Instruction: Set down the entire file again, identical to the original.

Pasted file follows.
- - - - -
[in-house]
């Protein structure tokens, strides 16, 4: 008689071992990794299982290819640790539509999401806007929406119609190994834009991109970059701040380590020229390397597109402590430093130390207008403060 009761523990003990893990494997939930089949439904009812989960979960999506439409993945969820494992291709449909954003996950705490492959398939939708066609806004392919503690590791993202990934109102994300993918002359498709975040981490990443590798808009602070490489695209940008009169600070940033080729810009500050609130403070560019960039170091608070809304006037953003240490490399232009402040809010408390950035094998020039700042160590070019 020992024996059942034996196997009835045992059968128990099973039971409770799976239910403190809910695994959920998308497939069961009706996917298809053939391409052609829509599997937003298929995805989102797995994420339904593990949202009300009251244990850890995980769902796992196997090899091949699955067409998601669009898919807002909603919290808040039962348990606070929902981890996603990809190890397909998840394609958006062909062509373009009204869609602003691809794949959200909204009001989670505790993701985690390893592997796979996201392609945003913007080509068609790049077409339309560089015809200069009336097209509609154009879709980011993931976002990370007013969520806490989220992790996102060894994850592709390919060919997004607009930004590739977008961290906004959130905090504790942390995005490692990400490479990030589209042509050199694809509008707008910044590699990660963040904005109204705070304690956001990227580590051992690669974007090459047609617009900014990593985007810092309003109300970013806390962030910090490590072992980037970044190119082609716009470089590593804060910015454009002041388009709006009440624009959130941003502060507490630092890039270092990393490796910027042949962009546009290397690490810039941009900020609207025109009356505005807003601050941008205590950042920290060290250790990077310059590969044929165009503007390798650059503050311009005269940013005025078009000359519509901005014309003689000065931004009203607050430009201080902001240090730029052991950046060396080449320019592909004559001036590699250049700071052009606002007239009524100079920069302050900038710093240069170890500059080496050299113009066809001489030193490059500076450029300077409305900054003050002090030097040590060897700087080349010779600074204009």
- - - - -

[in-house]
């Protein structure tokens, strides 16, 4: 008689071992990794299982290819640790539509999401806007929406119609190994834009991109970059701040380590020229390397597109402590430093130390207008403060 009761523990003990893990494997939930089949439904009812989960979960999506439409993945969820494992291709449909954003996950705490492959398939939708066609806004392919503690590791993202990934109102994300993918002359498709975040981490990443590798808009602070490489695209940008009169600070940033080729810009500050609130403070560019960039170091608070809304006037953003240490490399232009402040809010408390950035094998020039700042160590070019 020992024996059942034996196997009835045992059968128990099973039971409770799976239910403190809910695994959920998308497939069961009706996917298809053939391409052609829509599997937003298929995805989102797995994420339904593990949202009300009251244990850890995980769902796992196997090899091949699955067409998601669009898919807002909603919290808040039962348990606070929902981890996603990809190890397909998840394609958006062909062509373009009204869609602003691809794949959200909204009001989670505790993701985690390893592997796979996201392609945003913007080509068609790049077409339309560089015809200069009336097209509609154009879709980011993931976002990370007013969520806490989220992790996102060894994850592709390919060919997004607009930004590739977008961290906004959130905090504790942390995005490692990400490479990030589209042509050199694809509008707008910044590699990660963040904005109204705070304690956001990227580590051992690669974007090459047609617009900014990593985007810092309003109300970013806390962030910090490590072992980037970044190119082609716009470089590593804060910015454009002041388009709006009440624009959130941003502060507490630092890039270092990393490796910027042949962009546009290397690490810039941009900020609207025109009356505005807003601050941008205590950042920290060290250790990077310059590969044929165009503007390798650059503050311009005269940013005025078009000359519509901005014309003689000065931004009203607050430009201080902001240090730029052991950046060396080449320019592909004559001036590699250049700071052009606002007239009524100079920069302050900038710093240069170890500059080496050299113009066809001489030193490059500076450029300077409305900054003050002090030097040590060897700087080349010779600074204009």